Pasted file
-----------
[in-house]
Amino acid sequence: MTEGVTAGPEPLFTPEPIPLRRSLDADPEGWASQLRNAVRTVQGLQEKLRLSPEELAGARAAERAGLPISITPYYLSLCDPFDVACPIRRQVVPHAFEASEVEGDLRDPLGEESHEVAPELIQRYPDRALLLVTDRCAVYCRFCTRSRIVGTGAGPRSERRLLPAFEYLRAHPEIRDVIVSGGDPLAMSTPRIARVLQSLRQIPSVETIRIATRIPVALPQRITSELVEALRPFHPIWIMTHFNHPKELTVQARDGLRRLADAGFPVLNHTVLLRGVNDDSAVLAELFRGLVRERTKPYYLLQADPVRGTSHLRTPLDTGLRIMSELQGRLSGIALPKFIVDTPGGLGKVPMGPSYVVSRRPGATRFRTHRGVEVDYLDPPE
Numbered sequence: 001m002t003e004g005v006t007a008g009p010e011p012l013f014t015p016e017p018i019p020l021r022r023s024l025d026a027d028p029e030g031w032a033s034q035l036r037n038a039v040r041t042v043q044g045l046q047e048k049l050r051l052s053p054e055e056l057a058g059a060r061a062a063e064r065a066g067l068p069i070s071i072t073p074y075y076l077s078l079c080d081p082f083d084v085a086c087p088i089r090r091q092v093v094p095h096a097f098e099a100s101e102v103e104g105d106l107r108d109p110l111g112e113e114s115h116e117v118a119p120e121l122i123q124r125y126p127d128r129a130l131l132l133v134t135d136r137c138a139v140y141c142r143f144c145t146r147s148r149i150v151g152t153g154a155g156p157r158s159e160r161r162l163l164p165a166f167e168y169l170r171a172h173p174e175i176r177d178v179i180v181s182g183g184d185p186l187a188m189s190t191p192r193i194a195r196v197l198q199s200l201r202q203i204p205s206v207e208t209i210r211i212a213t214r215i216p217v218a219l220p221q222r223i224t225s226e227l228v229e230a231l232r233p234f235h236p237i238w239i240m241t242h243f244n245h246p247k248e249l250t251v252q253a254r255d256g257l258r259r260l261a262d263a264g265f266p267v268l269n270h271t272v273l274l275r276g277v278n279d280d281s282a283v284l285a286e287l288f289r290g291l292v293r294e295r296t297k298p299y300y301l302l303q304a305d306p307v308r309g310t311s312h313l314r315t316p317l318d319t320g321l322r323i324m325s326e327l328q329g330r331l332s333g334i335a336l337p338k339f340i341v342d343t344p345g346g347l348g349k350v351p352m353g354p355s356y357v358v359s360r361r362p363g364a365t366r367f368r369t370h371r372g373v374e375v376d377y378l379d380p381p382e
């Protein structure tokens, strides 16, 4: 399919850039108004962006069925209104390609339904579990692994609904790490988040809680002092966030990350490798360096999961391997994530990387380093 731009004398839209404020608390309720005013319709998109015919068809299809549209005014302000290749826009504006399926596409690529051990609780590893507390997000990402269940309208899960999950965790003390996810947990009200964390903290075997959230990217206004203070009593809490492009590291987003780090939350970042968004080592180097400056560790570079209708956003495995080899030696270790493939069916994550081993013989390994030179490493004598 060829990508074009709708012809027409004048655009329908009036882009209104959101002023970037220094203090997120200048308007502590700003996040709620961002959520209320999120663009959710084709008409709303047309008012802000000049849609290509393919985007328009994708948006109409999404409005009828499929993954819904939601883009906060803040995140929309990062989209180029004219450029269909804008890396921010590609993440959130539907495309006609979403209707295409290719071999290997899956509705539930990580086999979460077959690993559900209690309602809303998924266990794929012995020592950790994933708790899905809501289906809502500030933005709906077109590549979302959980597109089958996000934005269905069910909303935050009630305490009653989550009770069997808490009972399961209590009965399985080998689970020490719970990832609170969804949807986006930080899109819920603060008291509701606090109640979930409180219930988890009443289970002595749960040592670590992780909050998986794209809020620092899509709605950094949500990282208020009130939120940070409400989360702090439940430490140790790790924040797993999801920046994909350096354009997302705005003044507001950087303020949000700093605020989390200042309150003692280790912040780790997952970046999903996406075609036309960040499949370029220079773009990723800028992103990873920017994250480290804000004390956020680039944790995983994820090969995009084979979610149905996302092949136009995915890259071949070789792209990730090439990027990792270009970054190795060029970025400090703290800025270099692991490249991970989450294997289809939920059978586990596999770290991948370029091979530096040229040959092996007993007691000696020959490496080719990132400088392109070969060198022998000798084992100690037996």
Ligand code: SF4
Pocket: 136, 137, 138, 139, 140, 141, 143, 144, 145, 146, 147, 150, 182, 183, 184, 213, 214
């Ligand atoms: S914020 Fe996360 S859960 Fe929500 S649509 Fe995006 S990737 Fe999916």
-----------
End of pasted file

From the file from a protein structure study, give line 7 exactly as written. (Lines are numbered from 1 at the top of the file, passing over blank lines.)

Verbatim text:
């Ligand atoms: S914020 Fe996360 S859960 Fe929500 S649509 Fe995006 S990737 Fe999916």